Grafton studies Tip Top purchase

The president of Canadian menswear retailer Grafton-Fraser says his privately held company, which operates 123 stores under six banners across Canada, is considering the purchase of rival Tip Top, along with three other divisions within the troubled Dylex empire: Fairweather, Braemar...

The president of Canadian menswear retailer Grafton-Fraser says his privately held company, which operates 123 stores under six banners across Canada, is considering the purchase of rival Tip Top, along with three other divisions within the troubled Dylex empire: Fairweather, Braemar and Thrifty’s.

Responding to speculation that his company might be interested in taking over its rival (see Strategy, Jan. 3, 2000), Glenn Stonehouse says Tip Top has long been eating into sales at Grafton-Fraser’s Jack Fraser chain. If the terms are right, he says, he’d like to buy the chain from Dylex, which announced late last year that it was putting the bulk of its retail assets up for sale.

‘Tip Top has been going head to head with Jack Fraser for the last 80 years, and both companies have suffered,’ he says. ‘Both companies have closed a lot of stores. The merger of both companies at this point makes a lot of sense.’

He adds that if his company was successful in taking over Tip Top, both it and Jack Fraser would continue to operate in their strongest markets, while the 30 stores that overlap would be closed or converted to another banner, such as the more upscale Grafton & Co. The company also owns George Richards Big and Tall, Mr. Big and Tall, The Suit Exchange, and Timberland.

If Stonehouse is successful, Grafton-Fraser would have to build distinct brand identities for Tip Top and Jack Fraser, says retail analyst John Torella of Toronto’s J.C. Williams Group.

‘He would have to reposition both,’ Torella says. ‘Jack Fraser has always had some inclination to move up into better quality, better look and that’s a natural thing.

In Brief: The Garden picks CDs to take on daily creative leadership

Plus, Naked names two new leaders of its own and Digital Ethos comes to Canada.
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The Garden promotes two creative directors

ACDs Lindsay Eady and Francheska Galloway-Davis have taken over responsibility for day-to-day creative leadership at The Garden after being promoted to creative director roles.

The pair will also help develop the agency’s creative talent, formalizing mentorship and leadership activities they have been doing since joining the agency four and three years ago, respectively. In addition to creating the agency’s internship program, the pair have worked on campaigns for Coinsquare, FitTrack and “The Coke Challenge” campaign for DanceSafe.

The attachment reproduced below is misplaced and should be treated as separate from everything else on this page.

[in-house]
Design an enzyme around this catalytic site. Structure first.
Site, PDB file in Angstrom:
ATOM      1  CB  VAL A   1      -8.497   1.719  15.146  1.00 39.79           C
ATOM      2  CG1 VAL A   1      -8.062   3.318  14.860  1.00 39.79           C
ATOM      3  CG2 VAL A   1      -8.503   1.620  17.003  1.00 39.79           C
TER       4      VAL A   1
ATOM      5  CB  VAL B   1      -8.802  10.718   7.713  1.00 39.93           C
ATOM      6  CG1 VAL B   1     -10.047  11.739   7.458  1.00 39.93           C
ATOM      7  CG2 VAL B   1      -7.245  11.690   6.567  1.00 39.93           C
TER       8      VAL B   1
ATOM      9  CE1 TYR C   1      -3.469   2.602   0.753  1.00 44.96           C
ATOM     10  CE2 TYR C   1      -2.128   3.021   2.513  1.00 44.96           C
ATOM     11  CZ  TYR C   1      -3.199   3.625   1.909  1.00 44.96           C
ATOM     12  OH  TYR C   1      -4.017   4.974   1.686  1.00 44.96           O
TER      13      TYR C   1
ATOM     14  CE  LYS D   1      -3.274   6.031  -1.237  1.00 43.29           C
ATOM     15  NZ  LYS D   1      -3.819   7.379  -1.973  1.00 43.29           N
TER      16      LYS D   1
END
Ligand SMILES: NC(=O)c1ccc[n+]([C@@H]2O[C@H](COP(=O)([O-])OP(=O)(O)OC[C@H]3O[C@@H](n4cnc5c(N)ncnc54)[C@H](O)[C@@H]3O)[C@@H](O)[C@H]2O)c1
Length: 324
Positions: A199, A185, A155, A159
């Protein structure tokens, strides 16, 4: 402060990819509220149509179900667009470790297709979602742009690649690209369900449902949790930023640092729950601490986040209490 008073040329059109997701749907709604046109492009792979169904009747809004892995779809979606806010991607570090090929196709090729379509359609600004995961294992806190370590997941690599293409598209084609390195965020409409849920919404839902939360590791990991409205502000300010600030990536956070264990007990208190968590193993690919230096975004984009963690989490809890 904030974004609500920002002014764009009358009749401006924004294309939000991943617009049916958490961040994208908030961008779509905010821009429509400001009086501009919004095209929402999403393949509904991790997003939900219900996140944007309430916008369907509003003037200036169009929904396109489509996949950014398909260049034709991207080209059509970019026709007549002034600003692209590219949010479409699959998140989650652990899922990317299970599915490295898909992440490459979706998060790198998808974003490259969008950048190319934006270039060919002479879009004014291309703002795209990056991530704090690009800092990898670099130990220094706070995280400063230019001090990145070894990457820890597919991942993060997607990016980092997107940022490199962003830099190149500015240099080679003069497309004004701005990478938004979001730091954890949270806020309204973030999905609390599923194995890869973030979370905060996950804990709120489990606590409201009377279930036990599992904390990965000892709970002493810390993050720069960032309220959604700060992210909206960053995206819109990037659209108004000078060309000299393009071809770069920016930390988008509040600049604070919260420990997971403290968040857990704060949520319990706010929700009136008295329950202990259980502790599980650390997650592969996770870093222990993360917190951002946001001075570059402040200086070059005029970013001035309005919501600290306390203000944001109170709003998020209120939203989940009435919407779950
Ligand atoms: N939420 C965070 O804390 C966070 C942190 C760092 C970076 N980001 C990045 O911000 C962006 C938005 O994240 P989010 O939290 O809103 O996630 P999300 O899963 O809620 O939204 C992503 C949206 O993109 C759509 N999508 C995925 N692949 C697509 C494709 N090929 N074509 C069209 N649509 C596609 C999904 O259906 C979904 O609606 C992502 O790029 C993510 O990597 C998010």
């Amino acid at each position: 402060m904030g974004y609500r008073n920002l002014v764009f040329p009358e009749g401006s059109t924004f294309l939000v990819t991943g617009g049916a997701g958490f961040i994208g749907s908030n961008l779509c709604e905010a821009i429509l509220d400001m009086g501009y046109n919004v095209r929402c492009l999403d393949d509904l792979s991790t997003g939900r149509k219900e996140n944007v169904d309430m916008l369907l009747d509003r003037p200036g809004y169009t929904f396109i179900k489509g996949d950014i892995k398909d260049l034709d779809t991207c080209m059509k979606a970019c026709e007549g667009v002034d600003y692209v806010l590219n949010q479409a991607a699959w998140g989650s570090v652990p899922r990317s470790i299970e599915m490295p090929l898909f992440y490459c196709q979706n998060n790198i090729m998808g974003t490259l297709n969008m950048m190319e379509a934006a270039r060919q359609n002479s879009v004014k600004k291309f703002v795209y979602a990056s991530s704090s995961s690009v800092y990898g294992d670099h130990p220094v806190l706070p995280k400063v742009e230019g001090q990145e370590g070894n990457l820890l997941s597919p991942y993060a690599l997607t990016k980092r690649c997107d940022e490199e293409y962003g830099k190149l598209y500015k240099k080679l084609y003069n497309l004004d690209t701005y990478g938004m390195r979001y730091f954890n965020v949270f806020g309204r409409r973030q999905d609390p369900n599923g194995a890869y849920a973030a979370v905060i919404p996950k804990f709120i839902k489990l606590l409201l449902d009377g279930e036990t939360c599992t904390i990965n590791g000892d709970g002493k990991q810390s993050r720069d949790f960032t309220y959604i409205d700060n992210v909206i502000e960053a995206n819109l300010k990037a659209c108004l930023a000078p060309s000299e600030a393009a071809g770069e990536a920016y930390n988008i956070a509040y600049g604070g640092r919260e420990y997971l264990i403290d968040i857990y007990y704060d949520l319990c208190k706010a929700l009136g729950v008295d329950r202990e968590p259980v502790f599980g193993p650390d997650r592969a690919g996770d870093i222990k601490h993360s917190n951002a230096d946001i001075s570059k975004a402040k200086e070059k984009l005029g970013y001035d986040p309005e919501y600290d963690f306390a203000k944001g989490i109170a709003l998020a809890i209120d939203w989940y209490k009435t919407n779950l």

Eady and Galloway-Davis will continue to report to The Garden’s co-founder and chief creative officer Shane Ogilvie, who is stepping back from daily creative duties to a more high-level strategic role, allowing him to focus on client relationships and business growth.

Naked Creative Consultancy names new creative and strategy leadership

Toronto’s Naked Creative Consultancy has hired Yasmin Sahni as its new creative director. She is taking over creative leadership from David Kenyon, who has been in the role for 10 years and is moving into a new role as director of strategy, leading the discipline at the agency.

Sahni is coming off of three years as VP and ECD at GTB’s Toronto office, where she managed all the retail, social and service creative for Ford Canada. She previously managed both Vice Media and Vice’s in-house ad agency Virtue.

Peter Shier, president of Naked, says Sahni’s hiring adds to its creative bench and capabilities, as well as a track record of mentorship, a priority for the company. Meanwhile, Kenyon’s move to the strategy side, he says, makes sense because of his deep knowledge of its clients, which have included Ancestry and The Globe and Mail.

Digital Ethos opens a Toronto office

U.K. digital agency Digital Ethos is pursuing new growth opportunities in North America by opening a new office in Toronto.

Though it didn’t disclose them, the agency has begun serving a number of North American clients, and CEO/founder Luke Tobin says the “time was right to invest in a more formal and actual presence in the area.” whose services include design, SEO, pay-per-click, social media, influencer and PR,

This year, the agency’s growth has also allowed it to open an office in Hamburg, Germany, though it also has remote staff working in countries around the world.

Moray Hickes was the company’s first North American hire as VP of sales, tasked with business development in the region.